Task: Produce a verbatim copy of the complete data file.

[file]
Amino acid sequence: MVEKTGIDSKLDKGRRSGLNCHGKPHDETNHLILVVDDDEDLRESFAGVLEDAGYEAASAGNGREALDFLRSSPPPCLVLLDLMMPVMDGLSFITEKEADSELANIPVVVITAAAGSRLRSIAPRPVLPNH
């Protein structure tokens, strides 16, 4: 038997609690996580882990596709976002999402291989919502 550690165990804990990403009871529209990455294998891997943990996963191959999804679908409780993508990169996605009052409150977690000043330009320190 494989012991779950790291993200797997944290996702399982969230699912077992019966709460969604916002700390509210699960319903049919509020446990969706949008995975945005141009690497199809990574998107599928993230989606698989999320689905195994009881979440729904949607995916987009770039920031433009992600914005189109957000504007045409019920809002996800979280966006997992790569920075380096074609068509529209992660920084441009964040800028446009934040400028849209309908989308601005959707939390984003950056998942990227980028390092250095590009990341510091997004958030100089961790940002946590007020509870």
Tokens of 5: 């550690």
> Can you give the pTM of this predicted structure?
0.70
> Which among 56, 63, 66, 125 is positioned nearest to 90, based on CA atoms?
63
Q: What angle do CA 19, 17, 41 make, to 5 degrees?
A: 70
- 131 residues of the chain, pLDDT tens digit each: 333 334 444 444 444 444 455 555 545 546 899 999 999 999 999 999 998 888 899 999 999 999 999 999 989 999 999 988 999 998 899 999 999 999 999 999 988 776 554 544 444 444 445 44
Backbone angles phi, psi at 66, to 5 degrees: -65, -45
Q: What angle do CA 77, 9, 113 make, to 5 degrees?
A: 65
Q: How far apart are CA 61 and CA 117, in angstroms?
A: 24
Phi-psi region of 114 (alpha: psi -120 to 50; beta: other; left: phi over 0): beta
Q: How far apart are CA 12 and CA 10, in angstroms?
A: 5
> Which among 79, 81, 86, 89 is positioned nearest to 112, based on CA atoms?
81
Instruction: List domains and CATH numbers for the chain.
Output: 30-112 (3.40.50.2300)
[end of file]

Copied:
Amino acid sequence: MVEKTGIDSKLDKGRRSGLNCHGKPHDETNHLILVVDDDEDLRESFAGVLEDAGYEAASAGNGREALDFLRSSPPPCLVLLDLMMPVMDGLSFITEKEADSELANIPVVVITAAAGSRLRSIAPRPVLPNH
């Protein structure tokens, strides 16, 4: 038997609690996580882990596709976002999402291989919502 550690165990804990990403009871529209990455294998891997943990996963191959999804679908409780993508990169996605009052409150977690000043330009320190 494989012991779950790291993200797997944290996702399982969230699912077992019966709460969604916002700390509210699960319903049919509020446990969706949008995975945005141009690497199809990574998107599928993230989606698989999320689905195994009881979440729904949607995916987009770039920031433009992600914005189109957000504007045409019920809002996800979280966006997992790569920075380096074609068509529209992660920084441009964040800028446009934040400028849209309908989308601005959707939390984003950056998942990227980028390092250095590009990341510091997004958030100089961790940002946590007020509870």
Tokens of 5: 């550690």
> Can you give the pTM of this predicted structure?
0.70
> Which among 56, 63, 66, 125 is positioned nearest to 90, based on CA atoms?
63
Q: What angle do CA 19, 17, 41 make, to 5 degrees?
A: 70
- 131 residues of the chain, pLDDT tens digit each: 333 334 444 444 444 444 455 555 545 546 899 999 999 999 999 999 998 888 899 999 999 999 999 999 989 999 999 988 999 998 899 999 999 999 999 999 988 776 554 544 444 444 445 44
Backbone angles phi, psi at 66, to 5 degrees: -65, -45
Q: What angle do CA 77, 9, 113 make, to 5 degrees?
A: 65
Q: How far apart are CA 61 and CA 117, in angstroms?
A: 24
Phi-psi region of 114 (alpha: psi -120 to 50; beta: other; left: phi over 0): beta
Q: How far apart are CA 12 and CA 10, in angstroms?
A: 5
> Which among 79, 81, 86, 89 is positioned nearest to 112, based on CA atoms?
81
Instruction: List domains and CATH numbers for the chain.
Output: 30-112 (3.40.50.2300)